Oman is an Arab country known for not being as conservative or strict compared to some of its neighbours. However, that doesn’t mean that there aren’t customs or standards that are expected of you when you visit the country. Oman is built on its cultural and religious principles and as such it does has expectations and limitations on the clothing that it expects both its own citizens and its visitors to adhere to.
There have been some incidents in the past where visitors have attracted attention from authorities regarding how they have dressed and presented themselves in public places. But don’t allow this to put you off at all. In order to prevent this from happening to yourself, simply knowing a little bit about the culture and the expectations of the residents will make your stay much more enjoyable and pleasant.
To answer this question it is first important to remember that Oman’s state religion is Islam. This means that there are certain rules and expectations about dressing modestly that come with this.
Due to this, you are likely to see both men and women dressing in a particular way across most of the country. Colours and fabrics may change from person to person, but overall you will see a specific dress type across the board. This is usually a long (to ankle length) gown for men, also known as a Dishdasha and a long dress known as an Abaya for women. Women also will be expected to cover their necks and hair with a long scarf. They do not tend to wear full body and face covers, except in the more conservative areas.
While visitors aren’t expected to dress to the level of the locals, there are some expectations set by local authorities and residents.
Firstly, especially in local souqs, shorts of any kind should not be considered acceptable as they are simply not long enough to provide the modesty expected. This means that to provide yourself with the best coverage, long sleeve tops and trousers are the best options for you. Keep in mind that they don’t have to be of a specific kind of fabric at all, as long as it is comfortable, breathable and covers yourself appropriately. If you are wearing any kind of swimwear, it’s best to keep it to the beaches or designated swimming areas in order to prevent unwanted attention.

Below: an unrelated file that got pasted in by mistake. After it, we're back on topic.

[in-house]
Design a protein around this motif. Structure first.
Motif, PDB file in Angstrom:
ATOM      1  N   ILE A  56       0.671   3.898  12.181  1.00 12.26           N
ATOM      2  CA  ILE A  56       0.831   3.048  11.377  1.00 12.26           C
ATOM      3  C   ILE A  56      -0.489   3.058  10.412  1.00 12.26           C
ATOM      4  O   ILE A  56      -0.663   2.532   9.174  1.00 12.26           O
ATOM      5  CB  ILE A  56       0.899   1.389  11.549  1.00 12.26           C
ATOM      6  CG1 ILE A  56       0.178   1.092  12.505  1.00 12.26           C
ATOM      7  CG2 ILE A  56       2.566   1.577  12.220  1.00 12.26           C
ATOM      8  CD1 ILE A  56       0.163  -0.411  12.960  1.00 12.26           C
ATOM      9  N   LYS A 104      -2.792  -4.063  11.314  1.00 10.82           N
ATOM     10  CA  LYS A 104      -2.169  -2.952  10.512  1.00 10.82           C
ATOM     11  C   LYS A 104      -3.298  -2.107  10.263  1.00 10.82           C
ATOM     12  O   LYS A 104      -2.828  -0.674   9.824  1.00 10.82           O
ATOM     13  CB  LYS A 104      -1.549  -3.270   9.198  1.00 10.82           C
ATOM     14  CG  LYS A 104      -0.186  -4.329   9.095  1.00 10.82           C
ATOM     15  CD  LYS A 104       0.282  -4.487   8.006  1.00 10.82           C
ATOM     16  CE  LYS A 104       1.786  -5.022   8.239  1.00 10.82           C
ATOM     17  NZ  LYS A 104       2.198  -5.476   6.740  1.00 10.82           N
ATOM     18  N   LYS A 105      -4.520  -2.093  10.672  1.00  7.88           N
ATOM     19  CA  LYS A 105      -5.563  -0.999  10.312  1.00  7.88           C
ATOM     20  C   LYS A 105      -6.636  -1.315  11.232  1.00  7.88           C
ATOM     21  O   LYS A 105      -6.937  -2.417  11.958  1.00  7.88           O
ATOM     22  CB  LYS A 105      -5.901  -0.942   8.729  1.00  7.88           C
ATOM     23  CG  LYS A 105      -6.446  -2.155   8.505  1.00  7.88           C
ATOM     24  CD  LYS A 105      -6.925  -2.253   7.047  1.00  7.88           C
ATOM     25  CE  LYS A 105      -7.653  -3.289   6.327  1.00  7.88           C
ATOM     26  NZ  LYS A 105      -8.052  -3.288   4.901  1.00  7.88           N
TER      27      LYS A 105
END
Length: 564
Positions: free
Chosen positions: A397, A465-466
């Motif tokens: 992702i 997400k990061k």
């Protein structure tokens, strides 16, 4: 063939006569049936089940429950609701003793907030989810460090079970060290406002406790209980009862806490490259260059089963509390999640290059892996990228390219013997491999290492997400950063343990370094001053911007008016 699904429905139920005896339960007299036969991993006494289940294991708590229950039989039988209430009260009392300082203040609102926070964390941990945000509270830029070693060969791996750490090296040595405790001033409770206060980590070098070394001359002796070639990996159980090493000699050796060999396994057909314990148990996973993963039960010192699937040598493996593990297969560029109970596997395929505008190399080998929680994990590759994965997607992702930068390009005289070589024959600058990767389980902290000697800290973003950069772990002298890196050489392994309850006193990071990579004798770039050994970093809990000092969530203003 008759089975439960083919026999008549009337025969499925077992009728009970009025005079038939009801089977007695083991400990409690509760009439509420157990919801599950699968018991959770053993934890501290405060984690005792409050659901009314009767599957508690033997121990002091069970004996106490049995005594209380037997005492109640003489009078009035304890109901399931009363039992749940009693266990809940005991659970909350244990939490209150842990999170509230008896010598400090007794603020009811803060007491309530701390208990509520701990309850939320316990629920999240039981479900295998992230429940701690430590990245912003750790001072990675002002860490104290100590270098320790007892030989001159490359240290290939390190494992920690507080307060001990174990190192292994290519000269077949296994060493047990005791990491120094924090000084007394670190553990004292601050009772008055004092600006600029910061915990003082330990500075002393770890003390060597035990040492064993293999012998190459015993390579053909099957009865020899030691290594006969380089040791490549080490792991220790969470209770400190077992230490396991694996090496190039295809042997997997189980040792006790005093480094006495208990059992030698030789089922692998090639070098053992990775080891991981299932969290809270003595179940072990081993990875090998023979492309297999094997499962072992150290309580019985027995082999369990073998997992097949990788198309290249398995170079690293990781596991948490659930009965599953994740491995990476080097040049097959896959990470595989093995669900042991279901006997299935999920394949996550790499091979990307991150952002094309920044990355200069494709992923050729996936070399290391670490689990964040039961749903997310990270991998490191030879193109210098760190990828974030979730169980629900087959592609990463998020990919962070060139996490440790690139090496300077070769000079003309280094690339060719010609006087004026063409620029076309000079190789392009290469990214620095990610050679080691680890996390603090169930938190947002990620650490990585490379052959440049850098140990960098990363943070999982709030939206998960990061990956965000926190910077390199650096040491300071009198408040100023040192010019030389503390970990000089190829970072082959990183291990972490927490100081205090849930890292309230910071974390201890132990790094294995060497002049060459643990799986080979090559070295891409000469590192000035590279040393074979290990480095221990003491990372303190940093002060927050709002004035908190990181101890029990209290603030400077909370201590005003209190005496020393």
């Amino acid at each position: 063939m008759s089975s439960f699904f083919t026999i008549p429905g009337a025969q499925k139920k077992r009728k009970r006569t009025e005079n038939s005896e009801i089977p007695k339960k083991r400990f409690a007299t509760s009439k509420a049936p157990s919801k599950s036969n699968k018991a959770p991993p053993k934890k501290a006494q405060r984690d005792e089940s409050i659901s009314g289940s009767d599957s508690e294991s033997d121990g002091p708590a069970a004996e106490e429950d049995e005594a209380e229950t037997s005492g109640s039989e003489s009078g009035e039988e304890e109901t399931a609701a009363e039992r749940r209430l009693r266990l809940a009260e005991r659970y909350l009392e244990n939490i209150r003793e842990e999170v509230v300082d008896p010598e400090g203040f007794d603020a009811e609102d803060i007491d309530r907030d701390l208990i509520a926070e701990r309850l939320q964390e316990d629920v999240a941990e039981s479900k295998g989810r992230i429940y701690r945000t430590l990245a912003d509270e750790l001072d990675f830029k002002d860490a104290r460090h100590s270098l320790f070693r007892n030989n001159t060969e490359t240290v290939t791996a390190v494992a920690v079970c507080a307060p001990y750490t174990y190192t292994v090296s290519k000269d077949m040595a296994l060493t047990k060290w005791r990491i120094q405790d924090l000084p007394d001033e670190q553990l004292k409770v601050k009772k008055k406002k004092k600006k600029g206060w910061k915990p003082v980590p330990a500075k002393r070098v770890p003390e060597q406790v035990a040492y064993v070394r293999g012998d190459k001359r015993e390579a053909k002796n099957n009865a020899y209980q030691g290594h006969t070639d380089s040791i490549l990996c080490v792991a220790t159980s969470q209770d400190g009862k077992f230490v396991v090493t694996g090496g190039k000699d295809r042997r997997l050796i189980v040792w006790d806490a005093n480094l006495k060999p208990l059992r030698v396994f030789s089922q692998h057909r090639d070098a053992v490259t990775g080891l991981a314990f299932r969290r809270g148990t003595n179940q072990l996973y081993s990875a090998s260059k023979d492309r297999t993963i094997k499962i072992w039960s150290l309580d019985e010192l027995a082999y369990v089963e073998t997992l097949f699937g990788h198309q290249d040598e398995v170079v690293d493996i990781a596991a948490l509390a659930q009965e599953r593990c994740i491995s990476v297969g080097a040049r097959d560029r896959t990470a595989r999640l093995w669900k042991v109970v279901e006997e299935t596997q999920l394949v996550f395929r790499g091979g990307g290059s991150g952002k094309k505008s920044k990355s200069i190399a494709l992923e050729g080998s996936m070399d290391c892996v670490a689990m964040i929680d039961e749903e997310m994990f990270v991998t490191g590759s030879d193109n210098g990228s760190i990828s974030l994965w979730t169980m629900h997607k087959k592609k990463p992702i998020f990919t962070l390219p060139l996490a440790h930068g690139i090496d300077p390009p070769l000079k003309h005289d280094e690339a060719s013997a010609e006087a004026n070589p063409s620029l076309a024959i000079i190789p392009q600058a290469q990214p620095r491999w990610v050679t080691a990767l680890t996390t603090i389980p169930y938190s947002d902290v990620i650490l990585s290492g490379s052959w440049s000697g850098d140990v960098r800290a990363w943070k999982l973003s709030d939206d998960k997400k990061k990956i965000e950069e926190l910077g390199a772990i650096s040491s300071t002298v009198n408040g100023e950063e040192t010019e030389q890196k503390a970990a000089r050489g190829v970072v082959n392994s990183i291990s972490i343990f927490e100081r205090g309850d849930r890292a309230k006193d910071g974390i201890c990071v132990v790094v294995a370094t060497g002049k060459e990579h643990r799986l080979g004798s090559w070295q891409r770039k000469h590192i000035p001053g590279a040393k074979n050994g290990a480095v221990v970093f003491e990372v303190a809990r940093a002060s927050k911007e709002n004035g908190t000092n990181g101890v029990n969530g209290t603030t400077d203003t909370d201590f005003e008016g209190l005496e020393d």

In areas where tourists are known to be visiting or staying or even just areas that large numbers of people congregate, signs may be placed to inform visitors about the expectations of the dress code. Be aware that in some of the more rural and conservative areas of the country, especially those with more religious or cultural significance, you may be expected to cover up more than other areas and may not be allowed entry, or attract unnecessary attention.
Just remember that each place in Oman will have a different level of expected modesty when visiting. As mentioned when visiting religious centres, foreign female visitors will more likely than not be required to cover their heads with some kind of scarf. With this in mind, it is probably best to make sure you pack one in your case and carry it with you where you go, just to make sure you are never caught out. As long as it covers your hair and neck you should be fine.
While we’re talking about packing.
Make sure to pack enough long clothing to last your trip that is lightweight and breathable. Just because you are expected to cover up doesn’t mean you are expected to be uncomfortable. Lightweight cotton clothing that covers the essential areas, namely to the ankles/knees and the top of the arms and shoulders, should be sufficient to keep you cool during the day and warm during the cold nights.